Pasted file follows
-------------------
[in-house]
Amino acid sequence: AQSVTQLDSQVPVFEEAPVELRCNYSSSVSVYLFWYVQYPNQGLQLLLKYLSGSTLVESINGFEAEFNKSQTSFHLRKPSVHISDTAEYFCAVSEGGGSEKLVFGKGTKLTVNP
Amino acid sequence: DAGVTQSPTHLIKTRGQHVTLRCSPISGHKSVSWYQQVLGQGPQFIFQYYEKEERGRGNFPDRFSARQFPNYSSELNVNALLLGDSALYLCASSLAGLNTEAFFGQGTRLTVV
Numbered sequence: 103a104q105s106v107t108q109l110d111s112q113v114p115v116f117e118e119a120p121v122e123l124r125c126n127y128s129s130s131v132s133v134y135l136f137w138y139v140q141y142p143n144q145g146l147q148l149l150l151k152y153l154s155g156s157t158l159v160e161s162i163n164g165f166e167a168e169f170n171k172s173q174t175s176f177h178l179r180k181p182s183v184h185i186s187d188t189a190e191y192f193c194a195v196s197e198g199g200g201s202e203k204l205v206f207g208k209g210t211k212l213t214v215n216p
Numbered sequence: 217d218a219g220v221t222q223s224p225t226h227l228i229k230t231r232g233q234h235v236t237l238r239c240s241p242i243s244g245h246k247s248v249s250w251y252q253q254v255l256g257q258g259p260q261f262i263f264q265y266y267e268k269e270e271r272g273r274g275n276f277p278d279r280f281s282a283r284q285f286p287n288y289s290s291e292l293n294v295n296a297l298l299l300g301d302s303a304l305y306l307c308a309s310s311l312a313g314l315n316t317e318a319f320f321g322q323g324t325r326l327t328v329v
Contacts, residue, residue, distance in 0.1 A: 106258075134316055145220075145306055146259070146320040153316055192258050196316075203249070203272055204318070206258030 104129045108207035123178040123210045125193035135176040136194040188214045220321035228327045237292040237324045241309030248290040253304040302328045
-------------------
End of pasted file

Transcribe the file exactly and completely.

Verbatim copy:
[in-house]
Amino acid sequence: AQSVTQLDSQVPVFEEAPVELRCNYSSSVSVYLFWYVQYPNQGLQLLLKYLSGSTLVESINGFEAEFNKSQTSFHLRKPSVHISDTAEYFCAVSEGGGSEKLVFGKGTKLTVNP
Amino acid sequence: DAGVTQSPTHLIKTRGQHVTLRCSPISGHKSVSWYQQVLGQGPQFIFQYYEKEERGRGNFPDRFSARQFPNYSSELNVNALLLGDSALYLCASSLAGLNTEAFFGQGTRLTVV
Numbered sequence: 103a104q105s106v107t108q109l110d111s112q113v114p115v116f117e118e119a120p121v122e123l124r125c126n127y128s129s130s131v132s133v134y135l136f137w138y139v140q141y142p143n144q145g146l147q148l149l150l151k152y153l154s155g156s157t158l159v160e161s162i163n164g165f166e167a168e169f170n171k172s173q174t175s176f177h178l179r180k181p182s183v184h185i186s187d188t189a190e191y192f193c194a195v196s197e198g199g200g201s202e203k204l205v206f207g208k209g210t211k212l213t214v215n216p
Numbered sequence: 217d218a219g220v221t222q223s224p225t226h227l228i229k230t231r232g233q234h235v236t237l238r239c240s241p242i243s244g245h246k247s248v249s250w251y252q253q254v255l256g257q258g259p260q261f262i263f264q265y266y267e268k269e270e271r272g273r274g275n276f277p278d279r280f281s282a283r284q285f286p287n288y289s290s291e292l293n294v295n296a297l298l299l300g301d302s303a304l305y306l307c308a309s310s311l312a313g314l315n316t317e318a319f320f321g322q323g324t325r326l327t328v329v
Contacts, residue, residue, distance in 0.1 A: 106258075134316055145220075145306055146259070146320040153316055192258050196316075203249070203272055204318070206258030 104129045108207035123178040123210045125193035135176040136194040188214045220321035228327045237292040237324045241309030248290040253304040302328045